by Peter Wiernicki, J.D.
Reprinted with permission from Adoptive Families.
When parents adopt domestically, their family’s beginning is often at a hospital — where they meet their newborn son or daughter for the first time. This “hospital experience” is an important part of the family’s adoption story. Careful planning and preparation will ensure that the wishes of all those involved, birth parents and adoptive parents, are respected and carried out — and that time spent together at the hospital will be remembered fondly.
The hospital should be notified of the adoption as far in advance of the birth mother’s due date as possible. You should inform the hospital soon after you match with a birth mother. In an independent adoption, the birth mother’s attorney usually makes initial contact with the hospital. In an agency adoption, communication is usually initiated by the social worker who has been guiding and counseling the birth mother. Your primary contact at the hospital will most likely be a staff social worker assigned to labor and delivery.
The hospital adoption process can be different for every hospital; they should provide their written instructions to the attorneys or agencies involved. Review the written policy carefully, so that you will be aware of what can or cannot be done at the hospital.
Well before her due date, the birth mother should speak with the social worker or her attorney about how much contact she wants to have with the adoptive parents and the child after birth, who can accompany her in the delivery room, and how long she’d like to stay in the maternity ward following delivery. If you’d like to stay at the hospital following the child’s birth, ask in advance whether this can be arranged.
It is also important to know the hospital’s policies regarding adoptive parents’ access — to the baby in the nursery and to his or her medical records. Most U.S. hospitals grant parents adopting a newborn access in both respects, provided that proper forms have been completed. The birth mother’s attorney or social worker should request any forms that can be completed in advance of the delivery.
Provided that you’ve been granted access to the baby, you’ll get the same ID wristbands as the birth parents. This should let you move freely through the maternity ward, to see the birth mother (if you’ve agreed on contact) and to see your baby in the nursery.
Every child born in a U.S. hospital undergoes newborn health screenings. The baby will also be examined by a pediatrician prior to discharge. (You may be able to arrange for a pediatrician of your choosing to conduct this examination.) You’ll receive all of the baby’s medical records provided that the birth mother has executed a valid medical release form. The hospital may request your insurance information, so that the baby’s medical bills can be submitted in a timely manner.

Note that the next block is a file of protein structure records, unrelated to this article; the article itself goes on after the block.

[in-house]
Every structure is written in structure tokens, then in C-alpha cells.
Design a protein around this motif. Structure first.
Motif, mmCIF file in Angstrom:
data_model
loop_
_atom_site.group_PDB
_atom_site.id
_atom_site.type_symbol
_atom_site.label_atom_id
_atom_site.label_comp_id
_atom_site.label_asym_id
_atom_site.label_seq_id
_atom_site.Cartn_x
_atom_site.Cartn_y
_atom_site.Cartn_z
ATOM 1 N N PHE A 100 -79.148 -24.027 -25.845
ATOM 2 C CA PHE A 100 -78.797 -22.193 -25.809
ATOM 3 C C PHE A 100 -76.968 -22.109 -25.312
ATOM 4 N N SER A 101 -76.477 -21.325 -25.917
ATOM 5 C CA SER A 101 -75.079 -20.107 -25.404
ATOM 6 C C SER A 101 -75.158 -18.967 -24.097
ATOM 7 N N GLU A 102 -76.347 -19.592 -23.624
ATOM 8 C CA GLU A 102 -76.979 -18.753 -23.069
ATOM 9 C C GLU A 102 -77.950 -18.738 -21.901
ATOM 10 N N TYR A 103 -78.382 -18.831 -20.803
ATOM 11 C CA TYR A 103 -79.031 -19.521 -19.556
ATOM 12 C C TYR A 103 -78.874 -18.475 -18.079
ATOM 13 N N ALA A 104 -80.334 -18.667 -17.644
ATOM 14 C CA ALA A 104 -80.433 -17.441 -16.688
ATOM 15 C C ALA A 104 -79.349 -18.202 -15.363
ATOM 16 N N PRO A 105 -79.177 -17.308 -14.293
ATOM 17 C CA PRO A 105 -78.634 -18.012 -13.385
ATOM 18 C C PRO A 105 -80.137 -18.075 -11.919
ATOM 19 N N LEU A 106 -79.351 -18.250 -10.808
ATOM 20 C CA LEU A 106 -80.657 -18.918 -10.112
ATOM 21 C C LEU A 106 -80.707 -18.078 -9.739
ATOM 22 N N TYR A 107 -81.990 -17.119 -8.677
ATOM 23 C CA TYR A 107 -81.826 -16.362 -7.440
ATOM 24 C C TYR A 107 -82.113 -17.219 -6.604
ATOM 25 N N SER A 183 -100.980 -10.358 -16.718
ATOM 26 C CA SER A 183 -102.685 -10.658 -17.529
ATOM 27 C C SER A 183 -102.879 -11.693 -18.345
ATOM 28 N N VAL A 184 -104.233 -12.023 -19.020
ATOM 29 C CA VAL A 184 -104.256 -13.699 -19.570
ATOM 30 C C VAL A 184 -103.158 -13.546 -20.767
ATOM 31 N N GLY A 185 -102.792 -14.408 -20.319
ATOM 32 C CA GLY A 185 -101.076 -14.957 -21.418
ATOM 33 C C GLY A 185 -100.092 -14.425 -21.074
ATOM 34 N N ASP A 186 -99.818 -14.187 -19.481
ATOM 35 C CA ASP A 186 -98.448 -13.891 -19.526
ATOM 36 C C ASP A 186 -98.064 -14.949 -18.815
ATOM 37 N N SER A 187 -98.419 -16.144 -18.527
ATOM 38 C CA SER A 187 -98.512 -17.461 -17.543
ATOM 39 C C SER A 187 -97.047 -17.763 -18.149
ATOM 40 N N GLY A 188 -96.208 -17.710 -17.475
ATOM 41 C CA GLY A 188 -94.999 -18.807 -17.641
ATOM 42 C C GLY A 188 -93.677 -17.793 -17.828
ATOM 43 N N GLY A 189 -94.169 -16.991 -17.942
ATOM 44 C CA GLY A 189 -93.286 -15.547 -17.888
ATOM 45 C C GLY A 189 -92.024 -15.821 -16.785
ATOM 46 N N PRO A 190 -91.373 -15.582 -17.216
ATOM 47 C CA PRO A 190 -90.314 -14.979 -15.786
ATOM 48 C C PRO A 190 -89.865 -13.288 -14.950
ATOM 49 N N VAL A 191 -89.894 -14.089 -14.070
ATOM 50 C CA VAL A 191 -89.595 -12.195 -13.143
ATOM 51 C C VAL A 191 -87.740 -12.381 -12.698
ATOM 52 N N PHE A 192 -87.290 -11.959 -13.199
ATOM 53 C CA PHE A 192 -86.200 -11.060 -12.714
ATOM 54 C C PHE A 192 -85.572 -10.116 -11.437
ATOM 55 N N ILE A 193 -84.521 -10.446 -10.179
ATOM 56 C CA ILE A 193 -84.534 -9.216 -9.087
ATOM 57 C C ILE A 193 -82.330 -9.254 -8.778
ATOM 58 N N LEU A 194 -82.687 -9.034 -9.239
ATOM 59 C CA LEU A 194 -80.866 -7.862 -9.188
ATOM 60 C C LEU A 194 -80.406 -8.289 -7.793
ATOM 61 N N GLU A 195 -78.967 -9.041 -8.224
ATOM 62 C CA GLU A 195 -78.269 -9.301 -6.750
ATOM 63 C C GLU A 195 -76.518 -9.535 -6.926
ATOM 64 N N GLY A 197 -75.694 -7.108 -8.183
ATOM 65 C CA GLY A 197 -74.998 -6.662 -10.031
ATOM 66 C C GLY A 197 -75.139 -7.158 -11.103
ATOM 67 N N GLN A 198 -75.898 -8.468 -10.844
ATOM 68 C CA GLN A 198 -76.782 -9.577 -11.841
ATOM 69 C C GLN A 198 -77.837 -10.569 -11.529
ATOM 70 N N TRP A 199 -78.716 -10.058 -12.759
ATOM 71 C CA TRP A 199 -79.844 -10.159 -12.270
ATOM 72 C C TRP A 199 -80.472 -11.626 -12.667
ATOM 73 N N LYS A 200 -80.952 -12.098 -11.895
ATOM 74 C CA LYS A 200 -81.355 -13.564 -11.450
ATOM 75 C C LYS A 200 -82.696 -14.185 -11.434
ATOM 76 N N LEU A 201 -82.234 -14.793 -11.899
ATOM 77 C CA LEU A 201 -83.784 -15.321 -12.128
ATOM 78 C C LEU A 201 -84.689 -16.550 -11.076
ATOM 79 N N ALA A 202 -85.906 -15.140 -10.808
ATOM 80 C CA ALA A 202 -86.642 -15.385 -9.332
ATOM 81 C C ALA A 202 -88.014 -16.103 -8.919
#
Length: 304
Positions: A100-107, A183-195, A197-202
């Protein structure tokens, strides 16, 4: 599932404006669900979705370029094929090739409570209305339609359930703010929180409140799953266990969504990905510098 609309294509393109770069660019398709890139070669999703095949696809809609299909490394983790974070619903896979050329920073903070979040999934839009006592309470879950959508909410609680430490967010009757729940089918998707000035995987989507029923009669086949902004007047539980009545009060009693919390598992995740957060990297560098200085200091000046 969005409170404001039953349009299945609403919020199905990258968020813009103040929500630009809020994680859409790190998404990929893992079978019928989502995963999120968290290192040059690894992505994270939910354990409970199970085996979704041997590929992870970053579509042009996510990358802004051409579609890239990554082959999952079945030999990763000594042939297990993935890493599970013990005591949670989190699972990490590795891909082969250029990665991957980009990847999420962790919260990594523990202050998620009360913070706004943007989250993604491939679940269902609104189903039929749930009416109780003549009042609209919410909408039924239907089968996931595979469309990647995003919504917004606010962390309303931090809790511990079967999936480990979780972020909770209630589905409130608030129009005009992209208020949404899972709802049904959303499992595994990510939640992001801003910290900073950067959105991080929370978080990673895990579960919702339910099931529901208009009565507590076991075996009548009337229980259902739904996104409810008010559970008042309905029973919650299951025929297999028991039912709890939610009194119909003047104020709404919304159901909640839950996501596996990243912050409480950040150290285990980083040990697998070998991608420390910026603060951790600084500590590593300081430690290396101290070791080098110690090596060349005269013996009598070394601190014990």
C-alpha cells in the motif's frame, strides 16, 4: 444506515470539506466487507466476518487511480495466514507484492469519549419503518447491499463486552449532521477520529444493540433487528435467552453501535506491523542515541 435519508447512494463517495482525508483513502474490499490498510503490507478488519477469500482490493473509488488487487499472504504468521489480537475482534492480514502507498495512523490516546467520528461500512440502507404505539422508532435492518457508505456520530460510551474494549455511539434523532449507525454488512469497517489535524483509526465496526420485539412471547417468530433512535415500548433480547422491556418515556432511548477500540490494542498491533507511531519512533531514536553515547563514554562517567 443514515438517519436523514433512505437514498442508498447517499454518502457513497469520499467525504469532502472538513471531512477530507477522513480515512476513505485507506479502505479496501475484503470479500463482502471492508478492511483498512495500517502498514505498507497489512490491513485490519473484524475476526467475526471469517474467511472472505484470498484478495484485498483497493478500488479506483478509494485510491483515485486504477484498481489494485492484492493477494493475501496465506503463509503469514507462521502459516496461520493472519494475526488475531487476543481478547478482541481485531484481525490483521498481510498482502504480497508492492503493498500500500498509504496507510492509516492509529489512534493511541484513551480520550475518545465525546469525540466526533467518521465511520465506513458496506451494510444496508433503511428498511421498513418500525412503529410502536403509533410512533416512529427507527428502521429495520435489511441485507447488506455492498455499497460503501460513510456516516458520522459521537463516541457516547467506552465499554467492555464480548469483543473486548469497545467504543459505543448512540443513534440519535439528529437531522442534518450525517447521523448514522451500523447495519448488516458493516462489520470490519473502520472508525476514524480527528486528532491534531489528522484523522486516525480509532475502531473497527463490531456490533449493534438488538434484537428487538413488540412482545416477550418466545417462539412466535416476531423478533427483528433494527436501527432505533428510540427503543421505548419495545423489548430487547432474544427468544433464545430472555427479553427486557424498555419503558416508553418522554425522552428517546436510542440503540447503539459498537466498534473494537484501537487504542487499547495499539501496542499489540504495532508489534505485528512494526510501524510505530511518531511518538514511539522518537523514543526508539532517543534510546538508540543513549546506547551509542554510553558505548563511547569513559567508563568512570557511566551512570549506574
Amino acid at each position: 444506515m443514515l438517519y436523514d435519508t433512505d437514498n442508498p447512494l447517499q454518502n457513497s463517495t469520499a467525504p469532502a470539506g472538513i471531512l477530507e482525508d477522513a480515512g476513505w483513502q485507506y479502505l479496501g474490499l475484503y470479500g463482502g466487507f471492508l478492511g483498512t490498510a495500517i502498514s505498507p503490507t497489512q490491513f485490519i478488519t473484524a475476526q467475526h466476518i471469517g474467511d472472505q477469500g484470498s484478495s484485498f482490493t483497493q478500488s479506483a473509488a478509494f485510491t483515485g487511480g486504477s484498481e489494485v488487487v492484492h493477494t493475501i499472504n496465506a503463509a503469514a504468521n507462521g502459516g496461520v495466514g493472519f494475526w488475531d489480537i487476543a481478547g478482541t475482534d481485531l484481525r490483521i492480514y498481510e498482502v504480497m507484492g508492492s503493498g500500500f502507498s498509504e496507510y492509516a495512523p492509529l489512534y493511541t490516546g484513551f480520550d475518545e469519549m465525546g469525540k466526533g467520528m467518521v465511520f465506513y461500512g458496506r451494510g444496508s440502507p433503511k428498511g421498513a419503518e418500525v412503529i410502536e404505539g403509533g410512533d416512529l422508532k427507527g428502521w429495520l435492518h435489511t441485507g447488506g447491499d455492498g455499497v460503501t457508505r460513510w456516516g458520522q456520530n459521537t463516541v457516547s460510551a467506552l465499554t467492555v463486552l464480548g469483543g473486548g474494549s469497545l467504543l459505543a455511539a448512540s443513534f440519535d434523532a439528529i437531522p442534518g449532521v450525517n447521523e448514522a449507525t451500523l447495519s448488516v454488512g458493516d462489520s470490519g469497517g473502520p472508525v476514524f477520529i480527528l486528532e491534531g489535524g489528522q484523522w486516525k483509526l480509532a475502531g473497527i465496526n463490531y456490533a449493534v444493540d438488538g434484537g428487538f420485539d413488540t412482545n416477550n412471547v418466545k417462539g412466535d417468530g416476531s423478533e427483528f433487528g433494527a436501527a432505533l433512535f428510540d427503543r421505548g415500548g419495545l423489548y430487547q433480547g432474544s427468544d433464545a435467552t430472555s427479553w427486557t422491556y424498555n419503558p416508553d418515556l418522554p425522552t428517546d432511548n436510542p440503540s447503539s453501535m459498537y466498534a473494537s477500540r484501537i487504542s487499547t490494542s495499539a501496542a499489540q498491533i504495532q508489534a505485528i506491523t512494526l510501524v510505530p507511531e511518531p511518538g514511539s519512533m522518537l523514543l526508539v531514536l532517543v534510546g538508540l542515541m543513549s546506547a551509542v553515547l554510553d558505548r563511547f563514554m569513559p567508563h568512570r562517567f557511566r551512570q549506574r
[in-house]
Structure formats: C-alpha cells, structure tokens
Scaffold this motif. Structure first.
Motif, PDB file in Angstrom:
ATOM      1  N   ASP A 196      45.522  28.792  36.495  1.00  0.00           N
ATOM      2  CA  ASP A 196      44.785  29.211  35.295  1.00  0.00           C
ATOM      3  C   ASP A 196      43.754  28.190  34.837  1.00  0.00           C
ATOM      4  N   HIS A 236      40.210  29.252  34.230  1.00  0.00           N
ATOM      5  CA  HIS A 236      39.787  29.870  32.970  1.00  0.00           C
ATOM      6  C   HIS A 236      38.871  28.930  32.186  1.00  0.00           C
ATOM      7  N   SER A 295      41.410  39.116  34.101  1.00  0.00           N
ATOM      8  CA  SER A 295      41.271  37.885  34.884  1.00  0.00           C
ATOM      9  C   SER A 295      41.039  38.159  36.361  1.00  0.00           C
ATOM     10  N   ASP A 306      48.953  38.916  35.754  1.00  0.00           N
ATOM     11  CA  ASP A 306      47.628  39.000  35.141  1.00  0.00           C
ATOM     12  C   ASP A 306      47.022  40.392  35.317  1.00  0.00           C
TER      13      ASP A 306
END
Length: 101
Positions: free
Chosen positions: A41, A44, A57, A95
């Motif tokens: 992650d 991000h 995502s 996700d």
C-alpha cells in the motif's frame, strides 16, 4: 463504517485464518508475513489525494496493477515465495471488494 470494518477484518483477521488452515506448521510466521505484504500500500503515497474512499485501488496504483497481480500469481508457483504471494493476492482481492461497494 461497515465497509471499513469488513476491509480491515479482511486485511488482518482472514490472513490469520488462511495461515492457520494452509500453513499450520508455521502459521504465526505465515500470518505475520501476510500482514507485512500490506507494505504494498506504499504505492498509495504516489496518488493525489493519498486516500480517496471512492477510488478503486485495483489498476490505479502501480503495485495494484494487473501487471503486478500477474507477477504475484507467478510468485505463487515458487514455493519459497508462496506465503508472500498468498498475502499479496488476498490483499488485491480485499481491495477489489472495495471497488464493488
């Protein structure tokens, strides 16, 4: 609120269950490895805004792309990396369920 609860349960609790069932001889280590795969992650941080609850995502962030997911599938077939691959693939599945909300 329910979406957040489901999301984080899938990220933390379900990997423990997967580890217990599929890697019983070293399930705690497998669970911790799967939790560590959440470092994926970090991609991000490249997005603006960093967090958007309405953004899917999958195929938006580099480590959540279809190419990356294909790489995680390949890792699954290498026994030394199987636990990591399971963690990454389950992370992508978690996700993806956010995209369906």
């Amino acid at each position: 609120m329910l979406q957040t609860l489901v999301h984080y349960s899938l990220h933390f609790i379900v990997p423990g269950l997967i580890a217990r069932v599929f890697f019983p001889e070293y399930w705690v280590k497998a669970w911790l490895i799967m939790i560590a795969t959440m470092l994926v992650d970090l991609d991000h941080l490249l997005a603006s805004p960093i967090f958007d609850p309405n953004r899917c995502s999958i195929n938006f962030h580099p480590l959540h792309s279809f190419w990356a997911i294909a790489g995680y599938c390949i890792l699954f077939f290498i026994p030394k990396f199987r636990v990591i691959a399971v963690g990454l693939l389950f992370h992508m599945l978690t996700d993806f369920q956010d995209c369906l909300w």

In many instances, the birth mother and birth father execute their consent to adoption, or relinquishment of parental rights, at the hospital. The attorney or agency representative should coordinate with the hospital social worker to ensure an appropriate setting. If a notary is required, the hospital may assist you in finding one.
During her hospital stay, the birth mother will be asked to complete an application form for a birth certificate. She may select a first and middle name for the child, or may put down the first and middle names selected by the adoptive parents. After the adoption is finalized, the original birth certificate will be sealed and a new birth certificate, with the full name given by the adoptive parents, will be created. At that time, the adoptive parents can request copies of the new birth certificate from the vital records office of the state where the child was born.
The baby’s discharge plan should be discussed well before the due date. The plan will involve a number of factors, including the wishes of the involved parties, hospital policy, and state law. It’s often the birth mother’s wish that she not carry the baby out of the hospital. Many hospitals will agree to discharge the baby directly to the adoptive parents or to the agency’s representative. If the hospital insists on releasing the baby to the birth mother, you may be able to reach a compromise whereby a third party, such as a relative, an attorney, or an agency social worker, takes custody.
Some states require independent adopters to obtain temporary legal custody of the child prior to taking physical custody. In those instances, you must seek a court order while the baby is still in the hospital. That custody order will be presented to the hospital at the time of discharge.
During the baby’s stay at the hospital, the adoptive parents and the birth parents share a unique moment in their lives. Careful advance planning, as well as an appreciation for flexibility, will ensure an intimate and joyful experience.
Reprinted with permission from Adoptive Families magazine. Copyright © 2015. All rights reserved. For more articles like this one, visit Adoptive Families online, www.adoptivefamilies.com.